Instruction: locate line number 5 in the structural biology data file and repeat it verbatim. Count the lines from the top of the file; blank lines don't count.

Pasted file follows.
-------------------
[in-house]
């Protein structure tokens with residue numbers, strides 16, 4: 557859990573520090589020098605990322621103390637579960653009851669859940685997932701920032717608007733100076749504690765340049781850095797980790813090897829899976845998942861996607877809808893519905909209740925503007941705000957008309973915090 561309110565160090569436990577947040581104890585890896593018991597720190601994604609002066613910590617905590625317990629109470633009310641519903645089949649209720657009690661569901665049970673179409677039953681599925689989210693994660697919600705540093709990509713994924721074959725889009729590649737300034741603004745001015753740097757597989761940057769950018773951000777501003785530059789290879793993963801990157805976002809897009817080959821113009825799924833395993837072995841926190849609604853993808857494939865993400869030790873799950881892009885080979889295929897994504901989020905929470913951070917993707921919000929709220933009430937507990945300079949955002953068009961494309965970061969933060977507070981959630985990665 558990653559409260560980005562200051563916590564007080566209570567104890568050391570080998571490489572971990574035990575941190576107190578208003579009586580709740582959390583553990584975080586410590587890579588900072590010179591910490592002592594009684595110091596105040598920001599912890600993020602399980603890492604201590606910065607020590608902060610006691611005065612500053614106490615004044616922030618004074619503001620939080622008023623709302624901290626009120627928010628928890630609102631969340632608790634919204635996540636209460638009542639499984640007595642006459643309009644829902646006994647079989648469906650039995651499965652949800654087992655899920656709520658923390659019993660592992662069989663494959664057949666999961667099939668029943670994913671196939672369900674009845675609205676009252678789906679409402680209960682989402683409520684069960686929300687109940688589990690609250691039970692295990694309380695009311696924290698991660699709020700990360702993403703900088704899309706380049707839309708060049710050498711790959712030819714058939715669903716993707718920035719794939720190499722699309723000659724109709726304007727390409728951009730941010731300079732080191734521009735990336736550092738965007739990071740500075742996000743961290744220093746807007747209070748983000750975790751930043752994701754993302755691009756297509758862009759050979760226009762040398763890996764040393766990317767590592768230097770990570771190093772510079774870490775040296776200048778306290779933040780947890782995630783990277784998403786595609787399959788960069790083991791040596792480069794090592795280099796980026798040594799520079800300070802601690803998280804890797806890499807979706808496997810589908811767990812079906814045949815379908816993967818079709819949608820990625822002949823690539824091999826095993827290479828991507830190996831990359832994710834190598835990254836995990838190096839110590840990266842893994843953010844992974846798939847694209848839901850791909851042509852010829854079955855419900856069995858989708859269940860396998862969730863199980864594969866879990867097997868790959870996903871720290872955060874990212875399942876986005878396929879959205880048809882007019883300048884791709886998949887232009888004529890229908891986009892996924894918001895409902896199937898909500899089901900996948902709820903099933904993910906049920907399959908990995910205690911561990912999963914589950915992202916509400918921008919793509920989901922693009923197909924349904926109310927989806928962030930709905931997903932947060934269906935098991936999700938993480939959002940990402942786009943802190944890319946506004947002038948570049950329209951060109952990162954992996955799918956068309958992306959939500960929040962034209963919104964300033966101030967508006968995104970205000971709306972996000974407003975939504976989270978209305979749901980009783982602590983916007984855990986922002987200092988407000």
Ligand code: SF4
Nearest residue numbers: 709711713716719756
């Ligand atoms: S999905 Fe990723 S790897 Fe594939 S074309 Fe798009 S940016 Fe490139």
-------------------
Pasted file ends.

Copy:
């Ligand atoms: S999905 Fe990723 S790897 Fe594939 S074309 Fe798009 S940016 Fe490139």